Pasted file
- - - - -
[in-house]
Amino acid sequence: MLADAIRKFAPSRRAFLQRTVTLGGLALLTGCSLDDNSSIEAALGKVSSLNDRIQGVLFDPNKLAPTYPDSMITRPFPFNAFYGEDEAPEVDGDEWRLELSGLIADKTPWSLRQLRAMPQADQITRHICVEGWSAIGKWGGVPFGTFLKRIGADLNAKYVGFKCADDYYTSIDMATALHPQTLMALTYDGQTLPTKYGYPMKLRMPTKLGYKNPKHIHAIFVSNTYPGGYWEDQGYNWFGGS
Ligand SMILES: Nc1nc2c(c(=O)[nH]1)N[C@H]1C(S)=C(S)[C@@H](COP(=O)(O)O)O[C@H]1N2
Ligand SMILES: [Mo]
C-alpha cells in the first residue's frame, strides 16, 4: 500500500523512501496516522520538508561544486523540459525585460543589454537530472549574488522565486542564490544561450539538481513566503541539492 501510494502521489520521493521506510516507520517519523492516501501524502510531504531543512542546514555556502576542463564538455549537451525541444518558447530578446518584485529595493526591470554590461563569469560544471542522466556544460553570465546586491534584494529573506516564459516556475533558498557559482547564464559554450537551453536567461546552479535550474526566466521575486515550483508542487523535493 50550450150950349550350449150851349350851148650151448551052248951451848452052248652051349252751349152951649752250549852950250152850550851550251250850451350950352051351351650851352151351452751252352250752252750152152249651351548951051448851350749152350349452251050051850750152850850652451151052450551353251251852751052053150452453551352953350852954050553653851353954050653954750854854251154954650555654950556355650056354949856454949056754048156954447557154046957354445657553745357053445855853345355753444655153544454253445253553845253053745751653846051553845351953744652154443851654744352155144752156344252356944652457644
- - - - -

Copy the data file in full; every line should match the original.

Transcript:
[in-house]
Amino acid sequence: MLADAIRKFAPSRRAFLQRTVTLGGLALLTGCSLDDNSSIEAALGKVSSLNDRIQGVLFDPNKLAPTYPDSMITRPFPFNAFYGEDEAPEVDGDEWRLELSGLIADKTPWSLRQLRAMPQADQITRHICVEGWSAIGKWGGVPFGTFLKRIGADLNAKYVGFKCADDYYTSIDMATALHPQTLMALTYDGQTLPTKYGYPMKLRMPTKLGYKNPKHIHAIFVSNTYPGGYWEDQGYNWFGGS
Ligand SMILES: Nc1nc2c(c(=O)[nH]1)N[C@H]1C(S)=C(S)[C@@H](COP(=O)(O)O)O[C@H]1N2
Ligand SMILES: [Mo]
C-alpha cells in the first residue's frame, strides 16, 4: 500500500523512501496516522520538508561544486523540459525585460543589454537530472549574488522565486542564490544561450539538481513566503541539492 501510494502521489520521493521506510516507520517519523492516501501524502510531504531543512542546514555556502576542463564538455549537451525541444518558447530578446518584485529595493526591470554590461563569469560544471542522466556544460553570465546586491534584494529573506516564459516556475533558498557559482547564464559554450537551453536567461546552479535550474526566466521575486515550483508542487523535493 50550450150950349550350449150851349350851148650151448551052248951451848452052248652051349252751349152951649752250549852950250152850550851550251250850451350950352051351351650851352151351452751252352250752252750152152249651351548951051448851350749152350349452251050051850750152850850652451151052450551353251251852751052053150452453551352953350852954050553653851353954050653954750854854251154954650555654950556355650056354949856454949056754048156954447557154046957354445657553745357053445855853345355753444655153544454253445253553845253053745751653846051553845351953744652154443851654744352155144752156344252356944652457644